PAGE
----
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>>> a_list = [3,5,6,12] >>> new_list = [] >>> for x in a_list: if x % 2 == 0: print True if x % 2 != 0: print False print new_list Anyone know why this won't work in Python shell? Trying to get a Boolean list from an integer list printed like this: [True, True, False, False]. I have gotten only: True True False False Or else: [True] [True][True] [True][True][False] etc. This is question 7 on the Handout for OCW, ex. 2.12 of a 6.189 Gentle Intro to Python. Any insight appreciated. I am going on day 5 of not getting this. . . .

MIT 6.189 A Gentle Introduction to Programming Using Python (OCW)
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go into the python shell and type help(list.append) i feel this will help you immensely with what you are trying to accomplish as a side note, you can type help(any built in object) into the python shell and you will get a list of all the methods(functions the object can do) for that object along with a quick description of how they work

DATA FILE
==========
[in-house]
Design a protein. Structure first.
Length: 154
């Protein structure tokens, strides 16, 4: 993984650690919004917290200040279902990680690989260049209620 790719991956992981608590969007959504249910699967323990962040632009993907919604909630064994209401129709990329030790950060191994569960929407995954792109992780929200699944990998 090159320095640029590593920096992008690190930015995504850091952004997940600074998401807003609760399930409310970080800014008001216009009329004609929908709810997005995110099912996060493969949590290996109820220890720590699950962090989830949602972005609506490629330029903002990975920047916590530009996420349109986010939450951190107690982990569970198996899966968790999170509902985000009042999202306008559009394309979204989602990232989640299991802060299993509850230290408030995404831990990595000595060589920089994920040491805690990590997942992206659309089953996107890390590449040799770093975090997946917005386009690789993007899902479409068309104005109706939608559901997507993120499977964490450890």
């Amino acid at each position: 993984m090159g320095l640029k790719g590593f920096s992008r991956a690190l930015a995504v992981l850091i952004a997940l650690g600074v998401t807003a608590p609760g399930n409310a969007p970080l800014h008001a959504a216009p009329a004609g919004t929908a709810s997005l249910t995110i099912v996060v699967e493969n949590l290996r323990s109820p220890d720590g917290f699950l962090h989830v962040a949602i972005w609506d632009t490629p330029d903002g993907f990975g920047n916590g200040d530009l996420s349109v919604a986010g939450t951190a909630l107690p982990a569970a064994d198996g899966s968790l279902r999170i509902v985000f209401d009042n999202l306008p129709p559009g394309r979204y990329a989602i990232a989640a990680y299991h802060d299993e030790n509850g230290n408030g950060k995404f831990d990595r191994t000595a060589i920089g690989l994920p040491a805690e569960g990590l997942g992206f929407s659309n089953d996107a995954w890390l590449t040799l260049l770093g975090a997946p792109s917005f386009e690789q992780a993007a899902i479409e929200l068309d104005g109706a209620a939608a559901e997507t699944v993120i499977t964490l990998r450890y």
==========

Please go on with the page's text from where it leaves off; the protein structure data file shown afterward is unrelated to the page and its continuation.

When you print the values, it does not add them to your list. It just prints the values. If you say `newlist = True` that also does not add `True` to the list, rather it discards the list. What you want to do is `list.append(True)` to add a Boolean to the list. In addition, the `==` operator returns a Boolean result. Thus simply putting `newlist.append(x % 2 == 0)` will fit your needs. The best way to convert one list to another in python is to use list comprehension: ``` newlist = [ func(x) for x in oldlist ] ``` Where `func` takes some argument, changes it in some way, and returns the result. For example, if you want to change an integer into a Boolean value based on whether it is even ``` def iseven(x): return x % 2 == 0 ``` Then you would say: ``` newlist = [iseven(x) for x in oldlist] ```
ronin12 and wi -- very helpful, thank you!

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